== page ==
Interesting radio button behavior with "onclick"

Mike Dershowitz wrote:

options = {:onclick => "new Effect.Fade('duedate'); return false;"}) %>

return true ?

I think that lets the click event bubble up to the default click handlers instead of stopping the chain. The default handler is what does the checking/unchecking.


Mike Dershowitz wrote:

radio_button_tag ('duedate', 1, checked = false,

options = {:onclick => "new Effect.SlideDown('duedate'); return false;"})

I forgot to point something out about that style.

Ruby functions can't see variables on their command lines written like checked=

The value goes in, but the name of the variable on the left side of the assignment does not. Ruby doesn't care if you wrote monkey= or spider= or nothing there. So prefer nothing; programs should have as few moving parts as possible!

Mike Dershowitz wrote:

I was wondering about that - so thanks for clearing it up for me. Looks like the left-hand of the assignment is only helpful for the programmer and not for the framework. So whatever belongs in that position when the appropriate method is called is what rails is expecting.

So that begets the question of how to handle empties or can you re-order if you use name assignments. Based on what you said here, seems like not? Is that correct?

Inferior languages use two systems to name arguments - Hashes/Maps, and named parameters. So such a language, with a Ruby-like syntax, would permit this:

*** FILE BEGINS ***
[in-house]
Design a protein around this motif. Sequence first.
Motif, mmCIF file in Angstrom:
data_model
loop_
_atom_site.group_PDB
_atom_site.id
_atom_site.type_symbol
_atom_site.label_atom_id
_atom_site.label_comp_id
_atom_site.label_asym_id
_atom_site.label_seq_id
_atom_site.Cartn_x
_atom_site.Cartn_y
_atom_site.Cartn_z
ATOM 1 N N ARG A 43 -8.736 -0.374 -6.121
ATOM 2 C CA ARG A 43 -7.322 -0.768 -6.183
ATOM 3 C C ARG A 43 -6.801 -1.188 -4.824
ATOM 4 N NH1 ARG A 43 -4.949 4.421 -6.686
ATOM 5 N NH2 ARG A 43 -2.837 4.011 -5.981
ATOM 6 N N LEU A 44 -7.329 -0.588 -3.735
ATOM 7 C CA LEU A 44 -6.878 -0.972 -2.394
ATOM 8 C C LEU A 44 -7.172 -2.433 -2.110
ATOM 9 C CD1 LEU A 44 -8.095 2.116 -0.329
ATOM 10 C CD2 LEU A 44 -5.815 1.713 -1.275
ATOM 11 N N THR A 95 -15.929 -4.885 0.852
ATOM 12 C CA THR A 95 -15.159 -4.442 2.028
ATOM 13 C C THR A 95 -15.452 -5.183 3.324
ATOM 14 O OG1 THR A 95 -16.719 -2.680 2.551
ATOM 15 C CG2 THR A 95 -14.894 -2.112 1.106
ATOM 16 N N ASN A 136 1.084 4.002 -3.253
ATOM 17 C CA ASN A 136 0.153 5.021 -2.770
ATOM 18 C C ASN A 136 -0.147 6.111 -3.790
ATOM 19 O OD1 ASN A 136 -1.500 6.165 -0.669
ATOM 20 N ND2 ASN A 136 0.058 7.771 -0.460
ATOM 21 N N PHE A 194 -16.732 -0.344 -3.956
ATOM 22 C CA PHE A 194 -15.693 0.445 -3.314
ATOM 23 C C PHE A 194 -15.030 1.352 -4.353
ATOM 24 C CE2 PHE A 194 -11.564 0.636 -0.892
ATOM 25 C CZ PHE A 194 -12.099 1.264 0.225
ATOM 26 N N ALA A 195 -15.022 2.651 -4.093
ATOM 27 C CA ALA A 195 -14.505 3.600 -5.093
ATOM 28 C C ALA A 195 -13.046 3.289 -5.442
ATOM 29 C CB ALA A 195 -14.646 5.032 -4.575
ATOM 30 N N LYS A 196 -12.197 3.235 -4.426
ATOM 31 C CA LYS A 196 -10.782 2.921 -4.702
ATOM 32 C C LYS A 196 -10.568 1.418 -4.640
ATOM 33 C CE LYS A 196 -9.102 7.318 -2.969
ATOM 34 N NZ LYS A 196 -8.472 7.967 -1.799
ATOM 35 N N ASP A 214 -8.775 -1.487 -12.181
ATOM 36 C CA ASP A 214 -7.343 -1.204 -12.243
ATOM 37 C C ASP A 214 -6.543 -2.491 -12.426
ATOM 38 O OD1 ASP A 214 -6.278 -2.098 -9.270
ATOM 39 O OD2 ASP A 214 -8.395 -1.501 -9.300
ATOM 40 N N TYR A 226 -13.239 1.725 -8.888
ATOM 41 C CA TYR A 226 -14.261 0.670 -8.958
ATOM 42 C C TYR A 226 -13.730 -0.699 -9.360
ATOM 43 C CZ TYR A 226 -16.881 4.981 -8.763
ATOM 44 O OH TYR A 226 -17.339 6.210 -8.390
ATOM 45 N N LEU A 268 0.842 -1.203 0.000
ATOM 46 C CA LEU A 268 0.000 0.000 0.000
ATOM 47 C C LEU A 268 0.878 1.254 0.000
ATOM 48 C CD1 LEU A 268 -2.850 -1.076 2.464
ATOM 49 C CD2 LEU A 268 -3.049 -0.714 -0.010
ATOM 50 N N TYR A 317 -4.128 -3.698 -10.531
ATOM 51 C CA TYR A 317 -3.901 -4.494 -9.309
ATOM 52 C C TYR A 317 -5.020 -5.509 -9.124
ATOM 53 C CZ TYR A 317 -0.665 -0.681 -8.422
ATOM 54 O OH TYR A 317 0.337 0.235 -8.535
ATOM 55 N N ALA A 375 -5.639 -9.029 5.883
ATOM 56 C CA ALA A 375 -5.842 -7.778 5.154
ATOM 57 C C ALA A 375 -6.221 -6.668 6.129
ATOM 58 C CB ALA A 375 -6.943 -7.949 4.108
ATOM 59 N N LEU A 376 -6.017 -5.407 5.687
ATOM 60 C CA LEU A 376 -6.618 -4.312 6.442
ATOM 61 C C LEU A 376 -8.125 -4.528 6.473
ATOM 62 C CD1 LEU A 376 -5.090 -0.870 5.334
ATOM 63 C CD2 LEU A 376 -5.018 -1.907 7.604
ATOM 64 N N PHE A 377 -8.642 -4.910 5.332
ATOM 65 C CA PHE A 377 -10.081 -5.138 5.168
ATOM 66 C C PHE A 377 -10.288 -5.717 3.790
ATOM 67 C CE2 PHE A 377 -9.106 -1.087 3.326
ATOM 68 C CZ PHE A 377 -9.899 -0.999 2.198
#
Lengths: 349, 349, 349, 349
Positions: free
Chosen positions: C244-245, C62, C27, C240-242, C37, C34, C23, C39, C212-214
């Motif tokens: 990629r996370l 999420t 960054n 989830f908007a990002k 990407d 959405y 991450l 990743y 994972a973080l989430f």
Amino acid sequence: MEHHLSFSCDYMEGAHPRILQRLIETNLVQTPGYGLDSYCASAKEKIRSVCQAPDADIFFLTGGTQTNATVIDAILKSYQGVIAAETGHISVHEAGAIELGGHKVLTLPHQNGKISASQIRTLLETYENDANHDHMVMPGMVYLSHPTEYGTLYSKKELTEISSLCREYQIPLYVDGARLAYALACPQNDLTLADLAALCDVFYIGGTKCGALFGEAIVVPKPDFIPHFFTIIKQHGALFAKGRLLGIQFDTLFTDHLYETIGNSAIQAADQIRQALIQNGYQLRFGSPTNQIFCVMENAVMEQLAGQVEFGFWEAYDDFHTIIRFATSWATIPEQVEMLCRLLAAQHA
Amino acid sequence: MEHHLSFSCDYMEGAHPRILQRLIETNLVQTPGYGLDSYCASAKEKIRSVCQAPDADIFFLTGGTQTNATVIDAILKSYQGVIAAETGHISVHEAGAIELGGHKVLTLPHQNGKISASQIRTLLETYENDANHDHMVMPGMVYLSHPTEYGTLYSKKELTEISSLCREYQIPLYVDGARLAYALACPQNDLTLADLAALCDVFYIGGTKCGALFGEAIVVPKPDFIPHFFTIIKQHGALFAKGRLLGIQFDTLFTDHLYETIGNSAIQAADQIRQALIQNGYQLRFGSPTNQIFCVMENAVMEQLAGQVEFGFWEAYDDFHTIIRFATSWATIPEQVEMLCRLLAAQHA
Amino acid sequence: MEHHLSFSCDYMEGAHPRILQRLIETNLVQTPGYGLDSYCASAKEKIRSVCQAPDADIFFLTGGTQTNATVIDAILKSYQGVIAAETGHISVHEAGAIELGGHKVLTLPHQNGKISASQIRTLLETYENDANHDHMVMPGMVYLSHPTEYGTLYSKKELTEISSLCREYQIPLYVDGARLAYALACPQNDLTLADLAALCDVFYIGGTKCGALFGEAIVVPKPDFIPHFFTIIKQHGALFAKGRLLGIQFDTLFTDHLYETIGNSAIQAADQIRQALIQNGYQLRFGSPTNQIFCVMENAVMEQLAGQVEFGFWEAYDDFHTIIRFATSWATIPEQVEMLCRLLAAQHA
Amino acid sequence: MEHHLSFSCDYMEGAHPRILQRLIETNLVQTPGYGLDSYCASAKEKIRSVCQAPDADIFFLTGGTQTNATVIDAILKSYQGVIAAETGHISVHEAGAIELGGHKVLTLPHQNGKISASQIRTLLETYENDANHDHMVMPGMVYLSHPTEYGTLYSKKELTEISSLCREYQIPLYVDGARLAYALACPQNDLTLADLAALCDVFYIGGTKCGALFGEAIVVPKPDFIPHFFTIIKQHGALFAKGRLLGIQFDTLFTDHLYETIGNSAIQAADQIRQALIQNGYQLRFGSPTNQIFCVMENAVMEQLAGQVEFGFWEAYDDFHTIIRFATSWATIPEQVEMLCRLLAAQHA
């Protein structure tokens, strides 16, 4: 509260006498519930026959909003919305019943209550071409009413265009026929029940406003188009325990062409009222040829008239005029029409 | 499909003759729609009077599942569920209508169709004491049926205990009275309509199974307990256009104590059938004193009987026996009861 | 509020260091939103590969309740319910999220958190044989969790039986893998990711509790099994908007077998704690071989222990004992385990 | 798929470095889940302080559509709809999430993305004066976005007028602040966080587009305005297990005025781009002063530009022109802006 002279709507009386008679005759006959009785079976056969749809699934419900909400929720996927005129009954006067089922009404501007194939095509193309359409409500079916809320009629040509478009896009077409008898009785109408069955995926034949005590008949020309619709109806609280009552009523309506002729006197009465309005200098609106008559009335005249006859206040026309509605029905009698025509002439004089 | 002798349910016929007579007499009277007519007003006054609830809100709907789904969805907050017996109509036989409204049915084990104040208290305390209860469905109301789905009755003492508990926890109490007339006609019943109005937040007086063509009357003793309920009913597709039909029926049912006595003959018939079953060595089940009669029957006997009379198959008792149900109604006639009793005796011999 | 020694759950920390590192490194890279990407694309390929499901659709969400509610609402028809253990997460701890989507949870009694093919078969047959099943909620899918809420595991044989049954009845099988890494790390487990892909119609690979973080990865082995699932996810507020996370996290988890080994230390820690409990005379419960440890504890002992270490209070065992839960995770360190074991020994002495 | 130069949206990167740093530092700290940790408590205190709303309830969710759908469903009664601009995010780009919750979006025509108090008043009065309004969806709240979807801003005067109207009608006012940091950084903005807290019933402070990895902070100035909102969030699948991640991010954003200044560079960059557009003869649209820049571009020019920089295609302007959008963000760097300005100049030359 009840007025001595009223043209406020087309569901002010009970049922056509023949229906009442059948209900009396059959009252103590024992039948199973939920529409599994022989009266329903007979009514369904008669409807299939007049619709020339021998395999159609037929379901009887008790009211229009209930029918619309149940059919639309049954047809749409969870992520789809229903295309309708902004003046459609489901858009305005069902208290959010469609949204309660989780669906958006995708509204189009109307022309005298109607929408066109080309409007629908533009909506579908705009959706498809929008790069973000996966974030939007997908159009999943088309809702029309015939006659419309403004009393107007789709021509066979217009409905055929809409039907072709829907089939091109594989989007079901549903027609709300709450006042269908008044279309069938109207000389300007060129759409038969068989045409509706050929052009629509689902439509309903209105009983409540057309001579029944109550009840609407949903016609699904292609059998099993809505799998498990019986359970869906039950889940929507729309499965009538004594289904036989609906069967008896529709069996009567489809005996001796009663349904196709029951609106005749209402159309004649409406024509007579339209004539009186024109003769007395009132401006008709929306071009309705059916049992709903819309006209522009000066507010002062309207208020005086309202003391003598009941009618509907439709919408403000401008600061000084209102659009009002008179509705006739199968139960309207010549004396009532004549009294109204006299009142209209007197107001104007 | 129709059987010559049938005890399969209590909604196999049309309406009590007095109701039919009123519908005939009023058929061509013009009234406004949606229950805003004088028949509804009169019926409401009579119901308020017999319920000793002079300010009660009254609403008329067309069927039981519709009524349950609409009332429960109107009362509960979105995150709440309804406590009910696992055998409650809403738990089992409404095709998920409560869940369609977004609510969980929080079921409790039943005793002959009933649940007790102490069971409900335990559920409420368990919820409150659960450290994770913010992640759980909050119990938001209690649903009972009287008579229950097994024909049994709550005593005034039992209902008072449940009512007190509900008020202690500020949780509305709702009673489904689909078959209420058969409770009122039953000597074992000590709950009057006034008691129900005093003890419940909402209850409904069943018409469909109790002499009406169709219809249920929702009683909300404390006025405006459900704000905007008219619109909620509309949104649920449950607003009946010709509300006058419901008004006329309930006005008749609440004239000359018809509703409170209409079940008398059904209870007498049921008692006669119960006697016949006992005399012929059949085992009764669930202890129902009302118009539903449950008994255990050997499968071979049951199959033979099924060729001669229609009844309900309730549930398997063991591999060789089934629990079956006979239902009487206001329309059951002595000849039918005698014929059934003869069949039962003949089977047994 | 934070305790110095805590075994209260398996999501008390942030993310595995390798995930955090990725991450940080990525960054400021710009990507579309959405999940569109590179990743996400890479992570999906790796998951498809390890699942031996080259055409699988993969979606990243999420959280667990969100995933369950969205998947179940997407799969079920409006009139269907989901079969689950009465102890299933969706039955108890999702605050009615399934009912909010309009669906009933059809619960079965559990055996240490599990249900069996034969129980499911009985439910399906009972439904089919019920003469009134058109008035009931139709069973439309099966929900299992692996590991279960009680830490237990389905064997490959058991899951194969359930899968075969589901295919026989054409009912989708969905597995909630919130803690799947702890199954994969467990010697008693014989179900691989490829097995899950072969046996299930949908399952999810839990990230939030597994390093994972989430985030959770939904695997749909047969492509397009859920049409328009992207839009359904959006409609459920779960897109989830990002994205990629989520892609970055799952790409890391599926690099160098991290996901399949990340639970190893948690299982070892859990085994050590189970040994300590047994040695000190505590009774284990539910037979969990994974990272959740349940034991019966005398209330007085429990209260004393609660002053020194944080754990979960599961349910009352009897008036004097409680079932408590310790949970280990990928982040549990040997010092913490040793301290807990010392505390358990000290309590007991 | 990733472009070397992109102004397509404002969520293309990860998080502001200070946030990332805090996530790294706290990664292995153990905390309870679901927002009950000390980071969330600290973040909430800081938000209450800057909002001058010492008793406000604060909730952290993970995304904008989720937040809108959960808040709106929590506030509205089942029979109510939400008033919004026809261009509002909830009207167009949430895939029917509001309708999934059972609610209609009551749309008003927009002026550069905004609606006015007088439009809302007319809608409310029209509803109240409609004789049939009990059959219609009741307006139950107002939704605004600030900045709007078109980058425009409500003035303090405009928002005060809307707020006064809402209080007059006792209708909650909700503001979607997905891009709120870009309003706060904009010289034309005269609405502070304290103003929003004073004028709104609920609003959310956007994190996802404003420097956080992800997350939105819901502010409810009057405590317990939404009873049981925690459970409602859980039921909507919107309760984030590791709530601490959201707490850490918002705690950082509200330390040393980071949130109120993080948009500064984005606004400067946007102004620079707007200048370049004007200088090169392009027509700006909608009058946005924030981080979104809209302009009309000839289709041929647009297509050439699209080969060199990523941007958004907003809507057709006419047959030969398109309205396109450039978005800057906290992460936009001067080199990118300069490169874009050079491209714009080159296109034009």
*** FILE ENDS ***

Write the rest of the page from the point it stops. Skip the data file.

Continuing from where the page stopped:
foo( :arg1 = 'bar', { :arg2 => 'baz' } )

That requires a foo with this signature:

  foo(arg1, aMap)

Ruby splits the difference by not using two systems there, only one. Using only one system, instead of two, is always a Good Thing - it's an example of the DRY principle, Don't Repeat Yourself.

All Ruby arguments are positional, and arg1 may not follow aMap. But Ruby allows you to leave out the map notation {}. So this...

foo('bar', :arg2 => 'baz') the only way to call foo(arg1, aMap). arg1 is not optional, but arg2 is.

This technique returns incredible control to the function author. She or he can detect which argument is a Hash and proceed accordingly. A function could take only a map, for example, and the caller can pass named arguments in any order so long as their names match.

Now read up on Hash#merge and Hash#update. You handle an empty by checking if aMap[:arg2] is nil, or simply by merging a default Hash into aMap before pulling its arguments. Or updating - I forget which.

Mike Dershowitz wrote:

radio_button_tag ('duedate', 1, checked = false,

options = {:onclick => "new Effect.SlideDown('duedate'); return false;"})

Another answer. Rails authors who cram huge long statements like that together should be lined up and smacked. options= there is a best-practice when you simply use it as an argument, to break up long lines:

options = {:onclick => "new Effect.SlideDown('duedate'); return false;"})

radio_button_tag ('duedate', 1, false, options)

Now you can actually see where expressions begin and end!

The other way around, options= inside the method call, is also bad because I might think options is used somewhere below, and it isn't.